Grocery chains limit meat purchases to prevent hoarding
May 5, 2020
Grocery chains limit meat purchases to prevent hoarding
As meat plants face challenges, Kroger, Costco and others implement per-customer limits
Michael Browne, Supermarket News | May 05, 2020
In recent weeks, top meat suppliers have announced temporary plant closures and President Trump signed an executive order to compel plants to stay open during the coronavirus crisis. As some shortages are expected in retail meat departments, several leading grocery chains have implemented purchase limits on meat, both to protect supply and to prevent customer hoarding.
More than 20 meatpacking plants around the U.S. have closed at some point in the past two months, reducing pork production by about a quarter and cutting beef output by about 10%, according to the United Food and Commercial Workers, a union representing grocery and food workers nationwide.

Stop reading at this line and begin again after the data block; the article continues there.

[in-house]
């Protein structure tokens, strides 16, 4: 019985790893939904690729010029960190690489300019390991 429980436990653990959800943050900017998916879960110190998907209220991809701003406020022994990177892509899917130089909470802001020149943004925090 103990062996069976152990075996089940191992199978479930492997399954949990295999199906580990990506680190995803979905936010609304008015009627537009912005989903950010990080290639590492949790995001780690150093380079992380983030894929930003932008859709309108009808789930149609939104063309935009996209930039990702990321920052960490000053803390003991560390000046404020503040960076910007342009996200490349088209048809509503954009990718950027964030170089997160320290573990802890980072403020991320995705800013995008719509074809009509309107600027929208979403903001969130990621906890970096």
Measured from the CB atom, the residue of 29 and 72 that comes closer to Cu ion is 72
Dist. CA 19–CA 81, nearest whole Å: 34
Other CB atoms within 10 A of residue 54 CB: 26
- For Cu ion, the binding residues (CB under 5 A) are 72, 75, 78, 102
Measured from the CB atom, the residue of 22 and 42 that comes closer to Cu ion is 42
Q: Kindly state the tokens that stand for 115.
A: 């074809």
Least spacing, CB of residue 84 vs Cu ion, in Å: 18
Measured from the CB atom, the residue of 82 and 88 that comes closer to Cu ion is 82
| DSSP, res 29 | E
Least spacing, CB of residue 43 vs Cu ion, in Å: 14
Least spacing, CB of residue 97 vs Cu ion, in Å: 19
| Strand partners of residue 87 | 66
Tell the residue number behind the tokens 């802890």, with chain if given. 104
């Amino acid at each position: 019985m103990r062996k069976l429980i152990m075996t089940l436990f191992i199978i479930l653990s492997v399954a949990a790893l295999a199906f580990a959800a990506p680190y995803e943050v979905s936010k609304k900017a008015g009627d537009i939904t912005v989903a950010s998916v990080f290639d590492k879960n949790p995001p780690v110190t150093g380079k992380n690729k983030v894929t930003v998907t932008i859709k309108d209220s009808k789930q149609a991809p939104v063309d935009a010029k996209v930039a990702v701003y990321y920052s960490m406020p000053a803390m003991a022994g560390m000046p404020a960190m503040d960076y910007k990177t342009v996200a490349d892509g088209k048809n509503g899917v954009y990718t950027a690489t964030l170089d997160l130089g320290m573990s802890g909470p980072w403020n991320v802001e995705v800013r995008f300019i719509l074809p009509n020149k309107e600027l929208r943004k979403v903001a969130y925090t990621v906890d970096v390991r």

Kroger, the nation's largest supermarket chain, is limiting meat purchases at some stores, citing the rash of closures at processing plants due to outbreaks of COVID-19 among workers at the facilities.
In a statement, corporate affairs manager for Kroger Mid-Atlantic Allison McGee said, “At this time, we’ve added purchase limits on chicken and fresh pork, and customers are being limited to two pork items and two chicken items. We are monitoring conditions and the supply chain daily for changes.
“Additionally, we are asking our customers to shop responsibly and purchase what they need, knowing that we will continue to replenish stores daily.”